We took two complementary approaches in cells to determine whether CENP-A is stably retained at the centromere upon which it is initially deposited (see the legend for fig. S12 that describes the motivation for these experiments). First, we used cell cycle–synchronized fluorescence pulse labeling of CENP-A in “donor” cells and subsequent cell fusion with an “acceptor” cell line. The donor cells express SNAP-tagged CENP-A that has been pulse labeled with tetramethylrhodamine-Star (TMR*) to irreversibly label CENP-A (11) before cell fusion. The acceptor cells express yellow fluorescent protein (YFP)–tagged CENP-A that is loaded at all centromeres, continuing even after fusion. At time points through the subsequent cell cycle (fig. S12) until the second mitosis (Fig. 4A), we observed no detectable exchange of the TMR*-labeled donor CENP-A to the acceptor centromeres in a shared nucleoplasm. Quantitation of the fluorescence at each centromere in these heterokaryons yields a bimodal distribution. The donor centromere group with high TMR* and low YFP (Fig. 4B, “x” symbols) has an average TMR* signal of 0.538 ± 0.005 (normalized arbitrary units where the maximal measured TMR* signal in each heterokaryon equals 1) (Fig. 4C), whereas the acceptor centromere group with high YFP and low TMR* (Fig. 4B, triangle symbols) has an average TMR* signal of 0.055 ± 0.005 (Fig. 4C). These data indicate that once assembled at a centromere, an individual CENP-A molecule is stably maintained at that particular centromere.

Fig. 4 Depletion of CENP-C reduces the high stability of CENP-A at centromeres.

(A to C) Cells expressing SNAP-tagged CENP-A were pulse-labeled with TMR*, then fused with cells expressing YFP-tagged CENP-A. Representative images (A) show a cell in the second mitosis after fusion; insets show 3x magnification. X-means clustering was used to classify YFP only (triangles) or YFP and TMR* (“x” marks) centromeres (B), and mean (± SEM) TMR* intensity was calculated for each group (C). (D and E) Cells expressing high levels of CENP-A-PAGFP were photoactivated in bulk (box) and centromeric (circle) chromatin. Representative images (D) show a subset of centromeres in a single z section. Fluorescence intensity was quantified at 0 and 8 hours after photoactivation [(E), mean ± SEM]. (F) CENP-C knockdown begins causing cell death 4 days post-induction (mean ± SD). (G and H) Cells with (+ Dox) and without (– Dox) CENP-C depletion were pulse-labeled with TMR* (day 2), and the relative CENP-A-SNAP signals were analyzed (day 3). Quantification shows CENP-A-SNAP signal retained at day 3 (>2500 centromeres plotted with mean ± SD). Scale bars, 5 μm.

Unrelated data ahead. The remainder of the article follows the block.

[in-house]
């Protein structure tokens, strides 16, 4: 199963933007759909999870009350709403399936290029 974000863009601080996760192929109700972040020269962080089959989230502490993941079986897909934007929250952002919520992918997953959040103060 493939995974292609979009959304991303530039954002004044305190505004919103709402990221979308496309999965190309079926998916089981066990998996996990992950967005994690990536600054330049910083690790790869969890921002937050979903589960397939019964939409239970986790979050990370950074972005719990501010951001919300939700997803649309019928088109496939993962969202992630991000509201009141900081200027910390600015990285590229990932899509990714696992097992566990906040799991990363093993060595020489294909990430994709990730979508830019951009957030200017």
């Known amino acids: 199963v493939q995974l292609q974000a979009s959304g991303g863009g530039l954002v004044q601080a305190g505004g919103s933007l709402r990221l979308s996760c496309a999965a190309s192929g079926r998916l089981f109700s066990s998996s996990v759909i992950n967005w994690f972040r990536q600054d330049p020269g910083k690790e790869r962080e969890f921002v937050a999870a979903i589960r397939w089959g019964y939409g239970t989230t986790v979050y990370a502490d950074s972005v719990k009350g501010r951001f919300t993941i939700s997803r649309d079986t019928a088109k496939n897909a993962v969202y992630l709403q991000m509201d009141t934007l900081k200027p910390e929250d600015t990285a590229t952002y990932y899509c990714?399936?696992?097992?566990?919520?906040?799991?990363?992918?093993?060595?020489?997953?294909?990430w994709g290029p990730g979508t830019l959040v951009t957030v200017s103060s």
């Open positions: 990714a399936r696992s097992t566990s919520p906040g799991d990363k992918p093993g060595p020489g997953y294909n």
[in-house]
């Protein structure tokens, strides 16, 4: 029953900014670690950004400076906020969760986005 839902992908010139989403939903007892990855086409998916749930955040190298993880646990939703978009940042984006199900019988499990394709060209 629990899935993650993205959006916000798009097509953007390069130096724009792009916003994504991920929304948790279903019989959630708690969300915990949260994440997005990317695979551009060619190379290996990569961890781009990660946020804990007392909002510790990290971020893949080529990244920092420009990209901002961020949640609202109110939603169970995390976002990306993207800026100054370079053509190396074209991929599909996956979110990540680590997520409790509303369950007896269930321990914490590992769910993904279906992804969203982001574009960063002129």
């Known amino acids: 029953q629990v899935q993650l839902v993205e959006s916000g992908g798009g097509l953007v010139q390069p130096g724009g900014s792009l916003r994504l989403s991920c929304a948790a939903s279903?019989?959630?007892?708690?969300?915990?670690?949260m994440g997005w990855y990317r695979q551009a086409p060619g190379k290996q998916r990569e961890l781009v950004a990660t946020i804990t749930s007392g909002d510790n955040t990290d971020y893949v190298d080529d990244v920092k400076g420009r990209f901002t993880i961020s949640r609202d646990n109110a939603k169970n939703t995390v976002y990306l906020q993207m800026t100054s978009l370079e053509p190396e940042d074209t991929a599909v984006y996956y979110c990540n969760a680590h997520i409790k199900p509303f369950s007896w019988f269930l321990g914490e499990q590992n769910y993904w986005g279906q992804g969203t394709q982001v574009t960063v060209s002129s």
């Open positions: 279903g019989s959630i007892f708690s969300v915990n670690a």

As a complementary approach to test CENP-A stability at individual centromeres, we used a photoactivatable version of CENP-A (CENP-A-PAGFP). We induced expression of CENP-A to the extent that it is present at locations throughout the nucleus, but with clear enrichment at centromeres, and then activated a defined region of each cell nucleus (Fig. 4D, 0 hours postphotoactivation). CENP-A-PAGFP signal is quantitatively retained at the activated centromeres and does not accumulate at unactivated centromeres (Fig. 4, D and E), indicating that there is negligible exchange between centromeres, consistent with our cell fusion results. In contrast, CENP-A-PAGFP signal in bulk chromatin decays, with about half of the protein removed by 8 hours after photoactivation.